Latest Kaiser Health News Stories
Listen and learn from this Kaiser Health News’ Facebook Live event. “Navigating Aging” columnist Judith Graham led a discussion about dementia, one of the most challenging chronic conditions for individuals and their families — which affects millions of American families.
Citing fears of losing federal funds, California is the latest state to require discharge of terminally ill residents from state veterans homes if they plan to end their lives with lethal drugs.
Clinicians can be so focused on fixing problems and saving lives that they often avoid talking to patients about their prognosis.
Will efforts to expand the practice to Massachusetts, New York, New Jersey and Hawaii succeed this year?
Experts provide tips for older patients and their caregivers to cope with the physical and mental declines associated with emergency room visits.
Vietnam veterans’ wartime experiences — and their lasting psychological toll — can make it harder to treat their physical and emotional pain as they approach death.
Pastor Gloria White-Hammond wants to get all 600 congregants to write down their end-of-life wishes and discuss them with their families.
For those confronting the string of losses that accompany frailty or serious illness, experts offer salves.
Patients are often aggressively screened for cancer, even if they won’t live long enough to benefit.
Seniors are living longer and defying predictions of cognitive and functional decline. Wellness coaches guide them in setting goals for the year — whether physical, social, intellectual or spiritual.
Video advance directives enable people to speak directly to their families and physicians about their wishes for end-of-life care.
A vital tradition is gaining steam as more families use the holiday gathering to discuss and document advance-care plans.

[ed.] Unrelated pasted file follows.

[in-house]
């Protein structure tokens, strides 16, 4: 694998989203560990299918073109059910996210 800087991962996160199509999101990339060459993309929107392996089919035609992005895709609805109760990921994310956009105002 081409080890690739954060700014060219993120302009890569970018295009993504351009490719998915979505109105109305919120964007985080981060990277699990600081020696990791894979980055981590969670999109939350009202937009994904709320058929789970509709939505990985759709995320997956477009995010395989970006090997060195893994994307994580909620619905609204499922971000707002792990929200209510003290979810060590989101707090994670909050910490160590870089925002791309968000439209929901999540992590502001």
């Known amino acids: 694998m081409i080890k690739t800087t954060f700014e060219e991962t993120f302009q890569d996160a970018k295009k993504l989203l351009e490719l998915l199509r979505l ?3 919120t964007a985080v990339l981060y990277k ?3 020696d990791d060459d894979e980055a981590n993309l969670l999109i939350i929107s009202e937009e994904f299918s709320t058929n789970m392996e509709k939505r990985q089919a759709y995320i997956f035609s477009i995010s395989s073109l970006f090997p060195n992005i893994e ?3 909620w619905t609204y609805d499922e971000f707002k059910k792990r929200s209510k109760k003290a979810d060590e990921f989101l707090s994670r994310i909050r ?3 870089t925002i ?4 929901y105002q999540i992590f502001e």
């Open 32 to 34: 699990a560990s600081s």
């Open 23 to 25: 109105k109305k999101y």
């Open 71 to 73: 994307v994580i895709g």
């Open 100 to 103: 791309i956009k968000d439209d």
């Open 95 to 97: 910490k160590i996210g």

Fewer than half of health care workers at a nonprofit Florida hospice had completed advance directives for end-of-life care.
Patients with Alzheimer’s disease and other dementias can say in advance if and when they want caregivers to stop offering food and fluids by hand.
A majority of Americans say it’s important to write down their medical wishes in case of serious illness, but only a third have done so.
U.S. hospice agencies promise to be available around-the-clock to help patients dying in their homes. But a Kaiser Health News investigation shows that in an alarming number of cases, that promise is broken.
Advertising for hospitals, unlike pharmaceutical companies, doesn’t have to be backed up by data or facts. Cheerful messages of hope can feel like a slap in the face to a dying patient.
Tiny Washington state hospice accepts no federal funds, relies on community volunteers and donations to serve the dying.
Nora Harris, 64, who had early-onset Alzheimer’s disease, raised questions about the power — and limits — of an advance directive to withdraw care.
A new link creates two-way access to the state registry that documents the type of medical care sick and frail patients want — or refuse.